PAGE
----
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News Related to Diabetes

  1. Experts: Give Statins to All People With Diabetes

    By Steven Reinberg HealthDay Reporter TUESDAY, Dec. 23, 2014 (HealthDay News) -- New guidelines from the American Diabetes Association (ADA) call for giving the cholesterol-lowering drugs known as statins to all people with diabetes to help prevent heart disease. These new standards bring the associ

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  2. Asians Need Diabetes Screening at Lower Body Weight

    By Robert Preidt HealthDay Reporter TUESDAY, Dec. 23, 2014 (HealthDay News) -- Obesity is a big contributor to type 2 diabetes, but Asian-Americans may need to pile on fewer excess pounds to develop the disease than other groups do, according to new guidelines from the American Diabetes Association

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  3. Some Blood Types Might Raise Type 2 Diabetes Risk

    By Alan Mozes HealthDay Reporter THURSDAY, Dec. 18, 2014 (HealthDay News) -- In what scientists say is a first, a new analysis suggests that some blood types place women at a higher risk for developing type 2 diabetes. How much higher? According to a team of French researchers, women with blood type

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  4. Type 1 Diabetes on the Rise in Children

    Dec. 17, 2014 -- More children in the U.S. are getting type 1 diabetes, according to new research. A recent study by Jean Lawrence, ScD, MPH, found a large rise in the disease among non-Hispanic white children. From 2002 to 2009, the number of kids with type 1 diabetes rose from 24 per 100,000 to 27

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  5. Dairy & Diabetes Risk: New Thinking?

    Dec. 5, 2014 -- Some intriguing new research shows that dairy foods, perhaps even high-fat ones, may play a role in type 2 diabetes prevention. Although experts say it’s too soon to draw clear conclusions, the findings seem to run counter to current advice to people with diabetes, who are generally

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  6. Midlife Diabetes Linked to Memory Problems Later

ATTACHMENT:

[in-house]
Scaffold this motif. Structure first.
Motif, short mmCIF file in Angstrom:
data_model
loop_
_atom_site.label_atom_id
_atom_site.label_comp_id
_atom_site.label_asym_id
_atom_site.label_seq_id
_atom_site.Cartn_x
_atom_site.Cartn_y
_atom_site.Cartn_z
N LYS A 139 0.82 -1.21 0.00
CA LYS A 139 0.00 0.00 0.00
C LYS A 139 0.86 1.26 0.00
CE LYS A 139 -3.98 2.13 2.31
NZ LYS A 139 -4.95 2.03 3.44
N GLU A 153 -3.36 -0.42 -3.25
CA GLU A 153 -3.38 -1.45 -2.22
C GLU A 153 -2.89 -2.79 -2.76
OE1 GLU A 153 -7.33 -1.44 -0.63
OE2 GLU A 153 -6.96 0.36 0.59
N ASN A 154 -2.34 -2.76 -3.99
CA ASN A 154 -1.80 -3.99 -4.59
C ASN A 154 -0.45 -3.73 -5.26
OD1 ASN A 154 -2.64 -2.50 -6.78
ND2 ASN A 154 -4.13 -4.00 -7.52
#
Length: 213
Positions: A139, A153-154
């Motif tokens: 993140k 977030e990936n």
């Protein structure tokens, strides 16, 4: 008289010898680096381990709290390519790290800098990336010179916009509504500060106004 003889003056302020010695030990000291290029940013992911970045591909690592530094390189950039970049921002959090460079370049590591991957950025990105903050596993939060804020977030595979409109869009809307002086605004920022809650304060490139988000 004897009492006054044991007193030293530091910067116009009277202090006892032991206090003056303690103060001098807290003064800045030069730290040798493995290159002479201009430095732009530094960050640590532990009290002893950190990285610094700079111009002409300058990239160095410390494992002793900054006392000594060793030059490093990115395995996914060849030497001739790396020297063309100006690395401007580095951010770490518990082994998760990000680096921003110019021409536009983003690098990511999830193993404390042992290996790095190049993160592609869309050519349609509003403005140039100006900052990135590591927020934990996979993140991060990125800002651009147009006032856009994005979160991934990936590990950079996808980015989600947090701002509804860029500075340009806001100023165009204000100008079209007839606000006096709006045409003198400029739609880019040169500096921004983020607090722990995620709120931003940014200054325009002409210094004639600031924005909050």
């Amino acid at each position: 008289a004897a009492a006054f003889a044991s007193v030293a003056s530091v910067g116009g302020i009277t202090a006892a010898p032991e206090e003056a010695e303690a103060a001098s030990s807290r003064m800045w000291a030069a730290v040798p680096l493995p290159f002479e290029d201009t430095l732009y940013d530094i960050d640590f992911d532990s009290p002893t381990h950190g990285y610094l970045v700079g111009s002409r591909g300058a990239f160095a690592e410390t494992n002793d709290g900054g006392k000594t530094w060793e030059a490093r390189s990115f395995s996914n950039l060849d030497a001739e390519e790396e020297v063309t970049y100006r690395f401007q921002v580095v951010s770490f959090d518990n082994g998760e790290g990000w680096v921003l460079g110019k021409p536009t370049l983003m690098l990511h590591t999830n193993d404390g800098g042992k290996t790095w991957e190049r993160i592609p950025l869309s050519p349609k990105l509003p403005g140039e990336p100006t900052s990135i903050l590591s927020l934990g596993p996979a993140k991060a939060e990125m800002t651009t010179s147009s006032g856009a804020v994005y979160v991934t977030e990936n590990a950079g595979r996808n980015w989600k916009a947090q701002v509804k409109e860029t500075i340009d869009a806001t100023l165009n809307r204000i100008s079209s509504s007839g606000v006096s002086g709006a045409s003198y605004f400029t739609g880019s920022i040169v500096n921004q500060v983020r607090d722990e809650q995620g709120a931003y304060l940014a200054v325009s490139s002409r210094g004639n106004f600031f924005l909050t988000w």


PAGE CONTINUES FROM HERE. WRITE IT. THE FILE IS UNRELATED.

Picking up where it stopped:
By Kathleen Doheny HealthDay Reporter MONDAY, Dec. 1, 2014 (HealthDay News) -- A midlife diagnosis of diabetes or prediabetes may raise the risk of memory and thinking problems over the next 20 years, new research suggests. Having diabetes in midlife was linked with a 19 percent greater decline in m

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  7. Yogurt Every Day May Help Keep Diabetes Away

    By Kathleen Doheny HealthDay Reporter TUESDAY, Nov. 25, 2014 (HealthDay News) -- Eating a serving a day of yogurt may lower your risk of developing type 2 diabetes, new research suggests. "The data we have gathered show that yogurt consumption can have significant benefit in reducing the risk of dia

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  8. Exercise May Not Help Type 2 Blood Sugar Control

    By Robert Preidt HealthDay Reporter THURSDAY, Nov. 20, 2014 (HealthDay News) -- Certain genes might prevent regular exercise from improving blood sugar control in up to a fifth of people with type 2 diabetes, a new study suggests. The issue has long been pondered by doctors working with diabetic pat

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  9. Type 1 Diabetes Lowered Survival in Study

    By Serena Gordon HealthDay Reporter WEDNESDAY, Nov. 19, 2014 (HealthDay News) -- People with type 1 diabetes faced a much higher risk of dying over the course of a 14-year study than people without the disease, Swedish researchers report. The good news was that the closer someone with type 1 diabete

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  10. Nearly 3 in 10 With Diabetes Don't Know It: Study

    By Serena Gordon HealthDay Reporter TUESDAY, Nov. 18, 2014 (HealthDay News) -- Almost 8 million Americans have diabetes but don't know it, a new study shows. That's despite the fact that about two-thirds of those with undiagnosed diabetes have seen a doctor two or more times in the past year, accord

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Displaying 1 - 10 of 1005 Articles Page 1 2 3 4 5 6 7 8 9 10 Next >>

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Normal
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If the level is below 70 or you are experiencing symptoms such as shaking, sweating or difficulty thinking, you will need to raise the number immediately. A quick solution is to eat a few pieces of hard candy or 1 tablespoon of sugar or honey. Recheck your numbers again in 15 minutes to see if the number has gone up. If not, repeat the steps above or call your doctor.

People who experience hypoglycemia several times in a week should call their health care provider. It's important to monitor your levels each day so you can make sure your numbers are within the range. If you are pregnant always consult with your health care provider.

Congratulations on taking steps to manage your health.

However, it's important to continue to track your numbers so that you can make lifestyle changes if needed. If you are pregnant always consult with your physician.

Your level is high if this reading was taken before eating. Aim for 70-130 before meals and less than 180 two hours after meals.

Even if your number is high, it's not too late for you to take control of your health and lower your blood sugar.

One of the first steps is to monitor your levels each day. If you are pregnant always consult with your physician.

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